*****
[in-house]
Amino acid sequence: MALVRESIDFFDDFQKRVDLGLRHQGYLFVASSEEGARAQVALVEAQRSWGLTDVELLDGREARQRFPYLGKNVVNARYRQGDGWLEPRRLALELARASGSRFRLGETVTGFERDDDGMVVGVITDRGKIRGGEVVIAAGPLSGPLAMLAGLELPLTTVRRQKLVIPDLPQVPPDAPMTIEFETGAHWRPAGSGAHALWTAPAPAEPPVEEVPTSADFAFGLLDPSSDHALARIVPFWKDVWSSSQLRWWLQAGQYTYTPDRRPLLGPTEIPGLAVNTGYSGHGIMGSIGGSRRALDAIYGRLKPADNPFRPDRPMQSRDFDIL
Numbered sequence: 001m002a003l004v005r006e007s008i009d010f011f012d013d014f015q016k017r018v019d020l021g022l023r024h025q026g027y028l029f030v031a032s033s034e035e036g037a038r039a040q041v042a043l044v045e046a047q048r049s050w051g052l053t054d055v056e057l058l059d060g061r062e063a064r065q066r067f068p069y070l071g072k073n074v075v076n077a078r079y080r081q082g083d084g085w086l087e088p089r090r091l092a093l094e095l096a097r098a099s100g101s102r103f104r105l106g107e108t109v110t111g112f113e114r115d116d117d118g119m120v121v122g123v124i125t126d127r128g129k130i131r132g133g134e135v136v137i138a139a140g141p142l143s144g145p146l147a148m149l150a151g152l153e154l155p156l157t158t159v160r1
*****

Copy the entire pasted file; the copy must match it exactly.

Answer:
[in-house]
Amino acid sequence: MALVRESIDFFDDFQKRVDLGLRHQGYLFVASSEEGARAQVALVEAQRSWGLTDVELLDGREARQRFPYLGKNVVNARYRQGDGWLEPRRLALELARASGSRFRLGETVTGFERDDDGMVVGVITDRGKIRGGEVVIAAGPLSGPLAMLAGLELPLTTVRRQKLVIPDLPQVPPDAPMTIEFETGAHWRPAGSGAHALWTAPAPAEPPVEEVPTSADFAFGLLDPSSDHALARIVPFWKDVWSSSQLRWWLQAGQYTYTPDRRPLLGPTEIPGLAVNTGYSGHGIMGSIGGSRRALDAIYGRLKPADNPFRPDRPMQSRDFDIL
Numbered sequence: 001m002a003l004v005r006e007s008i009d010f011f012d013d014f015q016k017r018v019d020l021g022l023r024h025q026g027y028l029f030v031a032s033s034e035e036g037a038r039a040q041v042a043l044v045e046a047q048r049s050w051g052l053t054d055v056e057l058l059d060g061r062e063a064r065q066r067f068p069y070l071g072k073n074v075v076n077a078r079y080r081q082g083d084g085w086l087e088p089r090r091l092a093l094e095l096a097r098a099s100g101s102r103f104r105l106g107e108t109v110t111g112f113e114r115d116d117d118g119m120v121v122g123v124i125t126d127r128g129k130i131r132g133g134e135v136v137i138a139a140g141p142l143s144g145p146l147a148m149l150a151g152l153e154l155p156l157t158t159v160r1